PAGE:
(Not) Recipes

Outdoors-Ready, Vegetable-Filled Korean Noodles You Can Make Without a Recipe

April 16, 2017

My memories of bibim-guksu go back to any day of my childhood when I can picture my mom opening the refrigerator and realizing she hasn’t gone grocery shopping for several days. All that’s left is an array of half-eaten banchan (side dishes)—not enough to serve alone, but wasteful to toss. Luckily, bibim-guksu, or bibimbap, is the perfect meal when all you have is leftovers.

Most Korean foods are built on intuition and taste, rather than step-by-step instructions. Case and point: My mom could tell me about her delicious kimchi-jigae (kimchi stew) and the ingredients in it, but could never tell me how much kimchi, tofu, and red pepper paste made up its parts. Following her example, I will tell you that bibim-guksu is a traditional Korean cold noodle dish mixed with vegetables; forget measurements. It’s a dish that is easy to prepare and can be enjoyed for both lunch or dinner.

In Korean, guksu means noodles, bap means rice, and bibim means “to mix together.” Bibimbap consists of rice, Korean-barbecued meat, and vegetables. Bibim-guksu is very similar, but instead of rice, you use rice noodles or buckwheat noodles, and it is typically eaten without meat. (If adding, I recommend kalbi, thinly-sliced beef short rib.) The main difference is that bibimbap is meant to be eaten hot, while bibim-guksu is served chilled. I personally love both, but for the warmer months, bibim-guksu is perfect for experimentation with spring and summer vegetables. It can be spicy (or not), vegetarian (or not), but always salty and refreshing.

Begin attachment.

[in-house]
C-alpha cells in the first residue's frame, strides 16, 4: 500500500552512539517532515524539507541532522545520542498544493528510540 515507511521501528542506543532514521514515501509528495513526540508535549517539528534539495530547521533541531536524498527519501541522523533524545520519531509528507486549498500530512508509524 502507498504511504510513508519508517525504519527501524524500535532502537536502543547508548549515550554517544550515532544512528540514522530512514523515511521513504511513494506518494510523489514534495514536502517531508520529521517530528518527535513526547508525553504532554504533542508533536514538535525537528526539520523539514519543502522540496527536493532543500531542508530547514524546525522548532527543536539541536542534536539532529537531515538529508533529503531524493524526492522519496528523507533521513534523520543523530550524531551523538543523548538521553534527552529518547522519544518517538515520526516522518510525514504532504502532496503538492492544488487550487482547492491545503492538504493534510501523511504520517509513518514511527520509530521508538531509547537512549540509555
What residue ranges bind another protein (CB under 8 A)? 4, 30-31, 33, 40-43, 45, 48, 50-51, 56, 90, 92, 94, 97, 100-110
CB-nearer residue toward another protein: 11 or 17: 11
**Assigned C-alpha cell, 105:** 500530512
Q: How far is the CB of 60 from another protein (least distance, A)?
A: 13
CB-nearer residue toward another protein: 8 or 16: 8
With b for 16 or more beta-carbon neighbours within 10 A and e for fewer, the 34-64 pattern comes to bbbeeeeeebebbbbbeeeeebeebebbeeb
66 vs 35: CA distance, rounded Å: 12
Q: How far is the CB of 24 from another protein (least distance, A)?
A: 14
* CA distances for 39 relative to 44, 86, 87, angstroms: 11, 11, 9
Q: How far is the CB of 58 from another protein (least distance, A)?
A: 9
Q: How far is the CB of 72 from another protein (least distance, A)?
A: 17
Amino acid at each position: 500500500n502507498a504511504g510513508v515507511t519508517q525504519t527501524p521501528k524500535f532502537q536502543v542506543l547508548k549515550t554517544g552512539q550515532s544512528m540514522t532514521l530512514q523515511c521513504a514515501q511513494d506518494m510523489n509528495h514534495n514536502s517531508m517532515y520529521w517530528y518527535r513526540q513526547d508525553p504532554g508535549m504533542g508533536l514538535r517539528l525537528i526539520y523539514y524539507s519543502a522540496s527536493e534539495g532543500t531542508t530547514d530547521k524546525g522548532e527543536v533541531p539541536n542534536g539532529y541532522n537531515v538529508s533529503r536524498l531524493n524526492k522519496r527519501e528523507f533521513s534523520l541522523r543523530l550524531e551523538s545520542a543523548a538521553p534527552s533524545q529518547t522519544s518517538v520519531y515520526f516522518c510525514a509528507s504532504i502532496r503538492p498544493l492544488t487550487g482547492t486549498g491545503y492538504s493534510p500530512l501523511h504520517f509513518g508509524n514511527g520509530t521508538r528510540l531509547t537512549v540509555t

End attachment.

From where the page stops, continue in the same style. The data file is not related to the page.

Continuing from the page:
What makes this dish incredible is that it tastes well-planned out, but all you really have to do is mix noodles or rice with Korean Red Pepper Paste or soy sauce (staple sauces in a Korean kitchen), and throw in whatever vegetables you have available. Versatility makes these dishes supremely popular in Korean cuisine, for cooks and diners.

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Spicy. Salty. Savory. Fermented-goodness. All in one bite. All in one bowl. This is Korean food—and it's been hiding in your refrigerator all along! Here's how to bring all this out of hiding, onto plates, and, ideally, to a table outdoors, under the warm sun.

Gather and Prep

Leftovers, unite! Photo by Bobbi Lin

You can really use anything in the fridge, which is one reason I love this dish so much. It’s versatile. That being said, though, for the ultimate oh-so-delicious, I-LOVE-KOREAN-FOOD experience, consider these toppings: a handful of kimchi (my favorite by far is Mother-In-Law’s Kimchi, sold at Whole Foods), raw cucumbers, sautéed zucchini, firm tofu (cut into cubes), scallions, and whatever greens you have. My husband and I love watercress or red lettuce for a subtle, bitter flavor that will balance out the salt and spice of the kimchi. It’s up to you what vegetables you want to keep raw versus cooked, but it’s nice to have a balance of both.

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Top Comment: